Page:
The IDP conundrum

22 Jun, 2014


The writer is a political analyst based in Peshawar.
The writer is a political analyst based in Peshawar.

OFFICIAL statistics show that thousands have been internally displaced from North Waziristan in the run-up to Operation Zarb-i-Azb and after. According to the Fata Disaster Management Authority (FDMA), around 227,000 people, including over 100,000 children, have so far been registered.

Locals say that IDPs are faced with four major humanitarian issues. First, the availability of transport — necessary for families to shift to safer places — has become a crucial problem. Those who get transport pay huge costs, much more than they could ordinarily afford.

Second, the provision of food items has not been streamlined so far. Keeping in view the large number of women and children refugees, delay in the provision of food might pose a serious threat.

Third, arrangement of space for stay has not been satisfactorily organised. Recognising the cultural peculiarities of the region, this problem might turn into a larger issue in the coming days.

The IDP crisis has both security and relief aspects.

Four, preventive measures and immediate treatment in health matters have so far not been taken care of.

Four institutions must bear responsibility for transport, living conditions and food- and health-related issues. The primary responsibility lies with the FDMA and the federal government. The record of disaster management authorities in the country has so far not elicited any confidence in their capabilities. The FDMA can justify its existence by dealing effectively with the exodus from North Waziristan.

The second institution that is primarily responsible for resolving IDP issues is the civil administration of North Waziristan and the adjacent Frontier Regions. The secondary responsibility lies with the district administrations of the adjacent districts of North Waziristan, especially Bannu. It also lies with the whole machinery of the KP government.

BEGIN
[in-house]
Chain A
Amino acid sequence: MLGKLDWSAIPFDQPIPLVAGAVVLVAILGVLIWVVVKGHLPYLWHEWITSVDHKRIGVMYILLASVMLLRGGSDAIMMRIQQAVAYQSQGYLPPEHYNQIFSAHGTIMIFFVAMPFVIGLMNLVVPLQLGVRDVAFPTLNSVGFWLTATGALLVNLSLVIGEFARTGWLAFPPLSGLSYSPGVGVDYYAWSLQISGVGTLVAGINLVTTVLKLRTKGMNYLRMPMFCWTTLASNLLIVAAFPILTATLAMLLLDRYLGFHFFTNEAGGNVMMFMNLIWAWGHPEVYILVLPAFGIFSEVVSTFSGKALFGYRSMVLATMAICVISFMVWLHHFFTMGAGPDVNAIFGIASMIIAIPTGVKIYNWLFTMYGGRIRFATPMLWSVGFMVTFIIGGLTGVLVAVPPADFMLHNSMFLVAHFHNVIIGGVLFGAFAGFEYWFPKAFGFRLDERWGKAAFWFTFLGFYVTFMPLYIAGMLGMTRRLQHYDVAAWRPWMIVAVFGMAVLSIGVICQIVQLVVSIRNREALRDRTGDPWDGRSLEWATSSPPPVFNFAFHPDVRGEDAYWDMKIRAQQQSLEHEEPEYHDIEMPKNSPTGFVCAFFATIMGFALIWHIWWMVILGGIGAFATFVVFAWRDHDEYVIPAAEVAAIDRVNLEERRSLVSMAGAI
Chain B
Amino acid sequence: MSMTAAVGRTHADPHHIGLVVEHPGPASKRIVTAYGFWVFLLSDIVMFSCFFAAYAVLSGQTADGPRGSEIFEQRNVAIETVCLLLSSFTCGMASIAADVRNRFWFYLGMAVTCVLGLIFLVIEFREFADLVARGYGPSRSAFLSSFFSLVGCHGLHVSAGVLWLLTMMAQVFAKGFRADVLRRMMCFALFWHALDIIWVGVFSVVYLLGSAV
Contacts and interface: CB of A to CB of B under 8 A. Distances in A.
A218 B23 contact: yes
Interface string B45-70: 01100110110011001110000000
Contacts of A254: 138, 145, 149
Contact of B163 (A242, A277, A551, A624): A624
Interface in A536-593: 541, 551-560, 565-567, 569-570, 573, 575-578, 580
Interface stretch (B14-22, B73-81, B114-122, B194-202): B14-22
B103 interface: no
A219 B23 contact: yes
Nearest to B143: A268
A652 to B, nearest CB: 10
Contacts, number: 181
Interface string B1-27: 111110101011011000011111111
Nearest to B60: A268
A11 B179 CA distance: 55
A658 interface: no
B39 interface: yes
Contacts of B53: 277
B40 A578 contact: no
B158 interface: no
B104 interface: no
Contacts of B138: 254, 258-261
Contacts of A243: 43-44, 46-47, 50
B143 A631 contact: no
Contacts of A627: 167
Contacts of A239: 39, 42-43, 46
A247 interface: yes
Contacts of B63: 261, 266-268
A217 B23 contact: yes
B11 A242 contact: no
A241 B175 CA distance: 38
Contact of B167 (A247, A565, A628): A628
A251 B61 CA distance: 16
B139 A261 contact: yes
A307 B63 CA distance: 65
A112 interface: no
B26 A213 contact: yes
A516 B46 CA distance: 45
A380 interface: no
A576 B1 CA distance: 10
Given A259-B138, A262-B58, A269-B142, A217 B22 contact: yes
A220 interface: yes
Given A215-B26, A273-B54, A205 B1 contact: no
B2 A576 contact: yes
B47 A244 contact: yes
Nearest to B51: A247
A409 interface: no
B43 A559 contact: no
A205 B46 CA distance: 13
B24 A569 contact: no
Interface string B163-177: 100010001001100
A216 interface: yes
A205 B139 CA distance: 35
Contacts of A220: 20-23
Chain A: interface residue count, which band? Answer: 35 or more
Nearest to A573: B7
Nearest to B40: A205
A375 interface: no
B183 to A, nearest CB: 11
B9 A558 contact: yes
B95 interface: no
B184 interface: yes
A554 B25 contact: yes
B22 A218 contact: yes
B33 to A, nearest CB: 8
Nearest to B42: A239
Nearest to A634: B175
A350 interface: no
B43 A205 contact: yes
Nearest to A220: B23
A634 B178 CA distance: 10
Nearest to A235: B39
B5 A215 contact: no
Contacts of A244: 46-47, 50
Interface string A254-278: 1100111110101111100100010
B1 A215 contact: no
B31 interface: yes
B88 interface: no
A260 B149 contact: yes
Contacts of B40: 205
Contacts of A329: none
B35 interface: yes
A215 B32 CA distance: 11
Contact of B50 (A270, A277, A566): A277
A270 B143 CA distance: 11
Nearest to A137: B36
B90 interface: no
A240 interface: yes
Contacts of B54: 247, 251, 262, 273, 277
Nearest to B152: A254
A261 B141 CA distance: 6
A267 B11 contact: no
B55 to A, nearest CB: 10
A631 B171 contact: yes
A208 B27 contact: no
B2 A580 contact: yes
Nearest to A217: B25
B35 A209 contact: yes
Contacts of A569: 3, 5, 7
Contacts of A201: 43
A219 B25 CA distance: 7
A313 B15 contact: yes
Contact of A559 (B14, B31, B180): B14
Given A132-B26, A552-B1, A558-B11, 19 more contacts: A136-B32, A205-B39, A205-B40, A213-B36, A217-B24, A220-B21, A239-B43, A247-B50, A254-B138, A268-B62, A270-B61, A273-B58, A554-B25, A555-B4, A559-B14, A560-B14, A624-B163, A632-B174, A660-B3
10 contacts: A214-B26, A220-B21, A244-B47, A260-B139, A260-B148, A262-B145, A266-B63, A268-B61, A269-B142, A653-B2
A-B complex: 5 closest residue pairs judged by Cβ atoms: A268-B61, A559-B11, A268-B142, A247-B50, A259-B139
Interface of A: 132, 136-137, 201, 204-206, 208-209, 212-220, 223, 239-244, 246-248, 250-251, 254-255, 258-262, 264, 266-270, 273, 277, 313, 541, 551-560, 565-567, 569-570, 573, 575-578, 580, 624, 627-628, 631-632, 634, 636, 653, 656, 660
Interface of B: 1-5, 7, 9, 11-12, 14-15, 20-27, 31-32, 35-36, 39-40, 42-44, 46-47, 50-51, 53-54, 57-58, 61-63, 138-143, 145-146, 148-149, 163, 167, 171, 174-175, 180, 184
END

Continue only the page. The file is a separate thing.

The process by which all humanitarian issues can be resolved may be divided into the relief, recovery and rehabilitation phases. These phases can be effectively and smoothly tackled if there is a mechanism for coordination among the institutions responsible for resolving IDP problems. The divisional administration of the KP government has been declared the focal point for coordinating the relief phase. One hopes that recovery and rehabilitation is planned soon so that workers of various institutions find time to make the necessary arrangements.

A positive development during the ongoing operation has been the formation of an oversight or coordination committee consisting of Interior Minister Nisar Ali Khan, Defence Minister Khawaja Asif, Information Minister Pervaiz Rashid, Minister for Planning and Development Ahsan Iqbal, Minister for States and Frontier Regions Abdul Qadir Baloch and the KP governor.

The terms of reference state that “the coordination committee will hold regular meetings and subsequently brief the premier about the progress of the operation”. One hopes that these meetings do take place regularly and the briefing to the prime minister takes place on all relevant issues, including IDPs. The prime minister must take into confidence the leaders of political parties represented in parliament.

With the restrictions on foreign NGOs to support the relief and rehabilitation effort, the responsibility of local civil society organisations seems to have multiplied. All government institutions responsible for resolving the humanitarian issues must allow locally screened groups to help deal with humanitarian issues related to the IDPs.

Besides these issues, there are two others re­lated to the security aspect of displacement that must be taken into consideration. The first issue that cropped up during the Swat military operation in 2009 and the South Waziristan operation the same year was the melting away of the middle-ranking cadre of militant groups in the garb of IDPs.

One wishes the National Counter-Terrorism Authority had been in place for coordinating intelligence gathering of various state outfits. A huge responsibility falls on various institutions of the state intelligence network to sift genuine IDPs from the militant cadre. The activists of militant groups usually melt away in the urban centres of Pakistan and form sleeper cells. They regroup after the military push is over and wreak havoc in the shape of targeted killings, extortion and kidnapping for ransom.

The second security issue related to the IDPs is space for the welfare wings of the militant network to work within the IDP camps and living spaces. They have so far succeeded in using various disasters to perpetuate the militant ideology. This not only perpetuates the militant discourse, it also takes away space from the moderate civil society groups to work with communities.

It is hoped that the ban on foreign NGOs to help IDPs also includes dubious groups working with Saudi funds and funds from other Arab counties.

The writer is a political analyst based in Peshawar.

Twitter: khadimhussain4

Published in Dawn, June 22nd, 2014